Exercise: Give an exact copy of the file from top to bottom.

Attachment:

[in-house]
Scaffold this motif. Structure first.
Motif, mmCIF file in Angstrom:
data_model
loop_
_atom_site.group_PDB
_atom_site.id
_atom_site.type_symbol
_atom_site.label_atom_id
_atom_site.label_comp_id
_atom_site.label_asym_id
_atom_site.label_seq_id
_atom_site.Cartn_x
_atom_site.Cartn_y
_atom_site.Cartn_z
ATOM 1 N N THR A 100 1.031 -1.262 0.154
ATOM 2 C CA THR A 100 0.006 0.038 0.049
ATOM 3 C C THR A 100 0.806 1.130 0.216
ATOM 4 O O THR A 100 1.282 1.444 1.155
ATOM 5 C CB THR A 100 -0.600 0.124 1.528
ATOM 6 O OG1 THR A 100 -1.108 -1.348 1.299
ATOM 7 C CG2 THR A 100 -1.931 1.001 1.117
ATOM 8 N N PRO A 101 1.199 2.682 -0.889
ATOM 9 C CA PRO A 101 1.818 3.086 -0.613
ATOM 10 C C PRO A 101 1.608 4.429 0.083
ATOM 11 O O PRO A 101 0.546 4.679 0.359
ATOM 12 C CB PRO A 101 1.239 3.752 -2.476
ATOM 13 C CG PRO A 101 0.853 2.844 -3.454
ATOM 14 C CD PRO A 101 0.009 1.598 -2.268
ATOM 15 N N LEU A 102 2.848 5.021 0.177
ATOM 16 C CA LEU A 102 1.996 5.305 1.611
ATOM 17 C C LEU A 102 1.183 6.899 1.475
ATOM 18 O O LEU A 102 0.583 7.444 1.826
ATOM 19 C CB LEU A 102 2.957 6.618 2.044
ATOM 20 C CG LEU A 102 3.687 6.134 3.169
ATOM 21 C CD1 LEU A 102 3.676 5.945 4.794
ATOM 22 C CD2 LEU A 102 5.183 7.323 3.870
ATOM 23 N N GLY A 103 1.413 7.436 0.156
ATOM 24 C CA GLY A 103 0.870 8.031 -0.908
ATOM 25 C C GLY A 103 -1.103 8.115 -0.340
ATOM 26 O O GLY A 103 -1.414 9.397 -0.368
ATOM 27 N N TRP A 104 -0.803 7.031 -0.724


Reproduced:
[in-house]
Scaffold this motif. Structure first.
Motif, mmCIF file in Angstrom:
data_model
loop_
_atom_site.group_PDB
_atom_site.id
_atom_site.type_symbol
_atom_site.label_atom_id
_atom_site.label_comp_id
_atom_site.label_asym_id
_atom_site.label_seq_id
_atom_site.Cartn_x
_atom_site.Cartn_y
_atom_site.Cartn_z
ATOM 1 N N THR A 100 1.031 -1.262 0.154
ATOM 2 C CA THR A 100 0.006 0.038 0.049
ATOM 3 C C THR A 100 0.806 1.130 0.216
ATOM 4 O O THR A 100 1.282 1.444 1.155
ATOM 5 C CB THR A 100 -0.600 0.124 1.528
ATOM 6 O OG1 THR A 100 -1.108 -1.348 1.299
ATOM 7 C CG2 THR A 100 -1.931 1.001 1.117
ATOM 8 N N PRO A 101 1.199 2.682 -0.889
ATOM 9 C CA PRO A 101 1.818 3.086 -0.613
ATOM 10 C C PRO A 101 1.608 4.429 0.083
ATOM 11 O O PRO A 101 0.546 4.679 0.359
ATOM 12 C CB PRO A 101 1.239 3.752 -2.476
ATOM 13 C CG PRO A 101 0.853 2.844 -3.454
ATOM 14 C CD PRO A 101 0.009 1.598 -2.268
ATOM 15 N N LEU A 102 2.848 5.021 0.177
ATOM 16 C CA LEU A 102 1.996 5.305 1.611
ATOM 17 C C LEU A 102 1.183 6.899 1.475
ATOM 18 O O LEU A 102 0.583 7.444 1.826
ATOM 19 C CB LEU A 102 2.957 6.618 2.044
ATOM 20 C CG LEU A 102 3.687 6.134 3.169
ATOM 21 C CD1 LEU A 102 3.676 5.945 4.794
ATOM 22 C CD2 LEU A 102 5.183 7.323 3.870
ATOM 23 N N GLY A 103 1.413 7.436 0.156
ATOM 24 C CA GLY A 103 0.870 8.031 -0.908
ATOM 25 C C GLY A 103 -1.103 8.115 -0.340
ATOM 26 O O GLY A 103 -1.414 9.397 -0.368
ATOM 27 N N TRP A 104 -0.803 7.031 -0.724